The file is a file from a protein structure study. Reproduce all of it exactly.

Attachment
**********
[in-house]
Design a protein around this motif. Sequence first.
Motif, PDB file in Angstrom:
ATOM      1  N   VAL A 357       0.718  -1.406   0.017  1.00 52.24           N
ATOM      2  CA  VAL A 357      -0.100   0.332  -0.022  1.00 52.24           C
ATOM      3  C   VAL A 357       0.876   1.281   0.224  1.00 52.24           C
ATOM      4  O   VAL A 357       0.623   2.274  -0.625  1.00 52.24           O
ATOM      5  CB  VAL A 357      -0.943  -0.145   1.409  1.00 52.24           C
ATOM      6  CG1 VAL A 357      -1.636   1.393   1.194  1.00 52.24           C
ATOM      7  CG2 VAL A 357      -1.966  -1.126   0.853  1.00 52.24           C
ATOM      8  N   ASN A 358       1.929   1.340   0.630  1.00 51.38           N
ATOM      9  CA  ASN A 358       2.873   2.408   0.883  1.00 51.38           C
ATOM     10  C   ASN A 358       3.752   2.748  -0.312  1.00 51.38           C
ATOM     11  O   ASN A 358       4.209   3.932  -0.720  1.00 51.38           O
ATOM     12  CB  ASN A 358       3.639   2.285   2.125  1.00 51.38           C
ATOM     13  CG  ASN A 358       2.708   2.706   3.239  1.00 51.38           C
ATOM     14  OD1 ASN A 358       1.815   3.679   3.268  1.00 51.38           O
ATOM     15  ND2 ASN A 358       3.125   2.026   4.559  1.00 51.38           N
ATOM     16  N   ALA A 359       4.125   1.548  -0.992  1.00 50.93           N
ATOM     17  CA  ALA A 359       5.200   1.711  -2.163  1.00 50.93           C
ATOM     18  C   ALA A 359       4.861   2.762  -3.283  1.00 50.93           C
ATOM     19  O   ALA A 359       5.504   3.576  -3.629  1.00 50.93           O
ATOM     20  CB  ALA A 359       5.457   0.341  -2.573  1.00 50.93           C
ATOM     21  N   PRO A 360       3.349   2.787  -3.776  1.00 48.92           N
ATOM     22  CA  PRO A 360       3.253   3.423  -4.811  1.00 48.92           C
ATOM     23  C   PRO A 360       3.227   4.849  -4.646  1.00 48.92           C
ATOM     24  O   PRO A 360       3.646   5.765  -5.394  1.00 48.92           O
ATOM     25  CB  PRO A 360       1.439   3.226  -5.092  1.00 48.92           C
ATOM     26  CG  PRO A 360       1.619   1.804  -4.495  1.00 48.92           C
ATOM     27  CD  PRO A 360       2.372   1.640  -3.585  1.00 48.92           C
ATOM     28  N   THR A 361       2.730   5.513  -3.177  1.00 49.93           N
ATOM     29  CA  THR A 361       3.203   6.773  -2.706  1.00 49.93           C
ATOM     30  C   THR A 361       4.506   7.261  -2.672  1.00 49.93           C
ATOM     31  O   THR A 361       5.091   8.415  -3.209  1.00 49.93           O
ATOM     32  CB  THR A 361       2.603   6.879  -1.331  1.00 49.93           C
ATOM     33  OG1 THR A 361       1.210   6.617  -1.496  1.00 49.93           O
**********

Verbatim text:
[in-house]
Design a protein around this motif. Sequence first.
Motif, PDB file in Angstrom:
ATOM      1  N   VAL A 357       0.718  -1.406   0.017  1.00 52.24           N
ATOM      2  CA  VAL A 357      -0.100   0.332  -0.022  1.00 52.24           C
ATOM      3  C   VAL A 357       0.876   1.281   0.224  1.00 52.24           C
ATOM      4  O   VAL A 357       0.623   2.274  -0.625  1.00 52.24           O
ATOM      5  CB  VAL A 357      -0.943  -0.145   1.409  1.00 52.24           C
ATOM      6  CG1 VAL A 357      -1.636   1.393   1.194  1.00 52.24           C
ATOM      7  CG2 VAL A 357      -1.966  -1.126   0.853  1.00 52.24           C
ATOM      8  N   ASN A 358       1.929   1.340   0.630  1.00 51.38           N
ATOM      9  CA  ASN A 358       2.873   2.408   0.883  1.00 51.38           C
ATOM     10  C   ASN A 358       3.752   2.748  -0.312  1.00 51.38           C
ATOM     11  O   ASN A 358       4.209   3.932  -0.720  1.00 51.38           O
ATOM     12  CB  ASN A 358       3.639   2.285   2.125  1.00 51.38           C
ATOM     13  CG  ASN A 358       2.708   2.706   3.239  1.00 51.38           C
ATOM     14  OD1 ASN A 358       1.815   3.679   3.268  1.00 51.38           O
ATOM     15  ND2 ASN A 358       3.125   2.026   4.559  1.00 51.38           N
ATOM     16  N   ALA A 359       4.125   1.548  -0.992  1.00 50.93           N
ATOM     17  CA  ALA A 359       5.200   1.711  -2.163  1.00 50.93           C
ATOM     18  C   ALA A 359       4.861   2.762  -3.283  1.00 50.93           C
ATOM     19  O   ALA A 359       5.504   3.576  -3.629  1.00 50.93           O
ATOM     20  CB  ALA A 359       5.457   0.341  -2.573  1.00 50.93           C
ATOM     21  N   PRO A 360       3.349   2.787  -3.776  1.00 48.92           N
ATOM     22  CA  PRO A 360       3.253   3.423  -4.811  1.00 48.92           C
ATOM     23  C   PRO A 360       3.227   4.849  -4.646  1.00 48.92           C
ATOM     24  O   PRO A 360       3.646   5.765  -5.394  1.00 48.92           O
ATOM     25  CB  PRO A 360       1.439   3.226  -5.092  1.00 48.92           C
ATOM     26  CG  PRO A 360       1.619   1.804  -4.495  1.00 48.92           C
ATOM     27  CD  PRO A 360       2.372   1.640  -3.585  1.00 48.92           C
ATOM     28  N   THR A 361       2.730   5.513  -3.177  1.00 49.93           N
ATOM     29  CA  THR A 361       3.203   6.773  -2.706  1.00 49.93           C
ATOM     30  C   THR A 361       4.506   7.261  -2.672  1.00 49.93           C
ATOM     31  O   THR A 361       5.091   8.415  -3.209  1.00 49.93           O
ATOM     32  CB  THR A 361       2.603   6.879  -1.331  1.00 49.93           C
ATOM     33  OG1 THR A 361       1.210   6.617  -1.496  1.00 49.93           O